top doctors make a difference
Castle Connolly – Top Doctors
by Dr. A.R. Pito, FRCP
Castle Connolly often buys a full-page ad in the New York Times listing preferred physicians (16 per page). “The mission of Castle Connolly Medical Ltd. is to help consumers find the best healthcare. The top doctors who are listed in our books and on this website’s directory were nominated by their peers in an extensive survey process of thousands of American doctors each year. Those doctors who are among the very best in their specialties and in their communities are selected for inclusion. Doctors do not and cannot pay to be included in any Castle Connolly Guide or online directory.”
Recently, their ad in the New York Times featured 7 dermatologists of the 16 physicians listed. All were women. All specialized in cosmetic dermatology. All but one of their web sites looked very similar. All did their training in well-respected programs.
We called these offices and attempted to make an appointment.
Michelle S. Green – (212) 535-3088 – trained at Mt. Sinai – does not take any health insurance, $300 consultation fee + procedure
Carin H. Gribetz – 212-289-3300 – trained at Mt. Sinai – does not accept any insurance – first visit is between $350 and 395.
Elizabeth K. Hale – 212-759-4900 – trained at NYU — accepts some insurance but not Medicaid – office visit is $400 and does not include procedures
Lynne M. Haven – 203-869-4242 – trained at NYU – accepts no insurance – office visit is $250
Julie K. Karen – 212-759-4900 – trained at NYU — accepts some insurance but not Medicaid – office visit is $400 and does not include procedure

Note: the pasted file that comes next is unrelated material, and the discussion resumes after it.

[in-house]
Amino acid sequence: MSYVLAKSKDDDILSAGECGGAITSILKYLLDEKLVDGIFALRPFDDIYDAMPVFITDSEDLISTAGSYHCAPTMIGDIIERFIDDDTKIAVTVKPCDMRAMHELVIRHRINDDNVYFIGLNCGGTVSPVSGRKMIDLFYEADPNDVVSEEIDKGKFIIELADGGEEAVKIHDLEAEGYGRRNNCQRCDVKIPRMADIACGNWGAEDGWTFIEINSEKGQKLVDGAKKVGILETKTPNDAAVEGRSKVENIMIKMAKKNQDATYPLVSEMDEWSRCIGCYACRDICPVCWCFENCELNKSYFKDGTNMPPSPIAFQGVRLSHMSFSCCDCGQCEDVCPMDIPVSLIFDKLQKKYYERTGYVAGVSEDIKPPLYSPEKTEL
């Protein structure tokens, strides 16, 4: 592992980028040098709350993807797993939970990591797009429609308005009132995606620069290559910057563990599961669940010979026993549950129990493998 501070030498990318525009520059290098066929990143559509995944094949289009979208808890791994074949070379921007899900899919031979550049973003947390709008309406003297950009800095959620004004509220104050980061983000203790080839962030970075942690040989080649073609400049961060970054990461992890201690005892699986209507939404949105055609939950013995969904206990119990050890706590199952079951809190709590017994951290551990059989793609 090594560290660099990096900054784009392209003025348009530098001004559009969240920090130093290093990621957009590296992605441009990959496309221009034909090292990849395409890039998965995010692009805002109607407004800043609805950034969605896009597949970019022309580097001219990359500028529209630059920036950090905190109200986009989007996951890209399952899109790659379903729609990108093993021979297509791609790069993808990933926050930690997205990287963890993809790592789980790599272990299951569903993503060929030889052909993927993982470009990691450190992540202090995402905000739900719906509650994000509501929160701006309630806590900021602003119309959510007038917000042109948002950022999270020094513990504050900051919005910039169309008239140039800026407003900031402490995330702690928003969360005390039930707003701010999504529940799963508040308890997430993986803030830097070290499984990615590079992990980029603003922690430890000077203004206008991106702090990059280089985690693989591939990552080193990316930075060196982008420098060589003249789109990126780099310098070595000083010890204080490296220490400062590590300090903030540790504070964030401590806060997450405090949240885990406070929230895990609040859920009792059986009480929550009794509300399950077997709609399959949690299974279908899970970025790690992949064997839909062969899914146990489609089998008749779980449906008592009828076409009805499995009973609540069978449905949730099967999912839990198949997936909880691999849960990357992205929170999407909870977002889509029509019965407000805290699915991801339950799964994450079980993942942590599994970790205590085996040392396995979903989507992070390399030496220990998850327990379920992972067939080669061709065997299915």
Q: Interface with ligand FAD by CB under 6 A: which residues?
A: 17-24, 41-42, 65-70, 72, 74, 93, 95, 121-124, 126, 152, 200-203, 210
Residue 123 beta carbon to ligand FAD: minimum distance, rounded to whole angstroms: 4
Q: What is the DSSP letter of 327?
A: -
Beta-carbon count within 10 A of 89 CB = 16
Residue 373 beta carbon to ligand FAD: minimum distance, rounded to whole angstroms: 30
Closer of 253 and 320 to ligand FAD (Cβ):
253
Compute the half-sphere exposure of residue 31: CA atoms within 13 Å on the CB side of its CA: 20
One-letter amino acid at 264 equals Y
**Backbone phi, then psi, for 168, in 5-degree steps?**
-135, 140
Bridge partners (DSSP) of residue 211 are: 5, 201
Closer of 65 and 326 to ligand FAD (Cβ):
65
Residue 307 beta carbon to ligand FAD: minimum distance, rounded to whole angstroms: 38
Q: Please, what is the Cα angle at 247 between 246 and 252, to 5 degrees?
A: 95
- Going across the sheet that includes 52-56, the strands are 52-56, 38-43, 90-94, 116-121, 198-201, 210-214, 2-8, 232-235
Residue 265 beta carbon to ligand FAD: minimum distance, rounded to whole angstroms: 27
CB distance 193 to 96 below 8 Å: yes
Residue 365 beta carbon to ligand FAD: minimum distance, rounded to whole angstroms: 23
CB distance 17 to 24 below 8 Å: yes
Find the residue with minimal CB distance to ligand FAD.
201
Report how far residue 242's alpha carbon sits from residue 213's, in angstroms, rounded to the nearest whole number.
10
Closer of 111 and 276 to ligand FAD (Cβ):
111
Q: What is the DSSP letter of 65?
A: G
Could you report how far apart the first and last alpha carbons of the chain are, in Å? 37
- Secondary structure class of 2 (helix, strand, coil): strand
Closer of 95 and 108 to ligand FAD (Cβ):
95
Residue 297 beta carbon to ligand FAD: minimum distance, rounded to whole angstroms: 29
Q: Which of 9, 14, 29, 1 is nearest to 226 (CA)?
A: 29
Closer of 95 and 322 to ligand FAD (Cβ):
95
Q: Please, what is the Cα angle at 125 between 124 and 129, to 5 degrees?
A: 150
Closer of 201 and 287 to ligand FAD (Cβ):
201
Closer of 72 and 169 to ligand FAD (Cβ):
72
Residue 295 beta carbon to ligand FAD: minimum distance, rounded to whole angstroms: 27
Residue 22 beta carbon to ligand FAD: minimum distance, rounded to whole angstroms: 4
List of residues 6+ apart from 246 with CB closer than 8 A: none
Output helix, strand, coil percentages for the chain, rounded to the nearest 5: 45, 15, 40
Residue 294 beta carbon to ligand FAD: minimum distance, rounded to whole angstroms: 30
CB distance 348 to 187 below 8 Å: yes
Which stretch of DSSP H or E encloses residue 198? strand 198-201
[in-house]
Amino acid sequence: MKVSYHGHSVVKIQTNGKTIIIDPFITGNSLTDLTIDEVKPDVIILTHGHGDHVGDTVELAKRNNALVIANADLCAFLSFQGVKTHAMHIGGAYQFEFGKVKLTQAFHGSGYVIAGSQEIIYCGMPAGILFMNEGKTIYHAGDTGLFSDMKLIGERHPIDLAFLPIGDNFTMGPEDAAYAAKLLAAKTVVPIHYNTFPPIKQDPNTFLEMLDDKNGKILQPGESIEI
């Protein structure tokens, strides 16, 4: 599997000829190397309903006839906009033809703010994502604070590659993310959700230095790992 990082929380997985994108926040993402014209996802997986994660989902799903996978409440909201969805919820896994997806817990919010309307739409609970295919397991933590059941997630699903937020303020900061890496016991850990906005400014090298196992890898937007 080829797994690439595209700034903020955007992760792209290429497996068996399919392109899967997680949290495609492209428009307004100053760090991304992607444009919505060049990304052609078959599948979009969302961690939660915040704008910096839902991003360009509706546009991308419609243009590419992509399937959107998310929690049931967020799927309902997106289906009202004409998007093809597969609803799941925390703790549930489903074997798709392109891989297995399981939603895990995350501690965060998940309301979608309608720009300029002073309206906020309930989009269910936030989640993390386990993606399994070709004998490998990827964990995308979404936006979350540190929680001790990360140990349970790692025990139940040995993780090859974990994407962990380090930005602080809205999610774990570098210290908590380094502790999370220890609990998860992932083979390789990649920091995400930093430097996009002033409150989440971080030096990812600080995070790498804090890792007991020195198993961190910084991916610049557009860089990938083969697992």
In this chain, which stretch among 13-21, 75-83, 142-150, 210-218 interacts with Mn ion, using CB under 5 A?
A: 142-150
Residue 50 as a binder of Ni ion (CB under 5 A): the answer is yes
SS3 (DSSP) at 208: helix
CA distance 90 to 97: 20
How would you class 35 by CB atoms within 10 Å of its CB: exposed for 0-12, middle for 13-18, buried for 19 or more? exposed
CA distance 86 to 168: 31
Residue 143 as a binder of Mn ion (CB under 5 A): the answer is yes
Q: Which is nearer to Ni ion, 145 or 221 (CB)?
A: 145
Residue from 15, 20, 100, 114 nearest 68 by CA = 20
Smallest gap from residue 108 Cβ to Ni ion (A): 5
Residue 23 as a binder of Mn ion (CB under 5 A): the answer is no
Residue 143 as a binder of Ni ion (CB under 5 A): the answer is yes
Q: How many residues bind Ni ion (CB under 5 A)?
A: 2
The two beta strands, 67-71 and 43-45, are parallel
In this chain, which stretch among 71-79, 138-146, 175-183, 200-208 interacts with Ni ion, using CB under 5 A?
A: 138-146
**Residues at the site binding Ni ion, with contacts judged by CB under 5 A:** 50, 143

Laurie Polis – 212-431-1600 – trained at Mt. Sinai — accepts no insurance. — an office visit is $350 – 450, not including procedure
Heidi Waldorf – 212-241-0472 – trained at Harvard – participates with some private insurance, but does not accept NY State Medicaid* – office visits start at $350
None of these practices is open to Medicaid patients. It seems that Castle Connolly’s Top Doctors reserve their care only for the rich. There’s a Yiddish proverb: If the rich could pay the poor to die for them, the poor would make a very good living.
How many young women and men enter medical school planning to care for the poor and disenfranchised? How many finish their training resolved to care for the entitled rich? What happens over the course of medical school and residency to change young physicians’ goals and induce them to become America’s Top Doctors?
* Dr. Waldorf is one of 18 dermatologists at Mt. Sinai’s Faculty Practice. None accept Medicaid patients.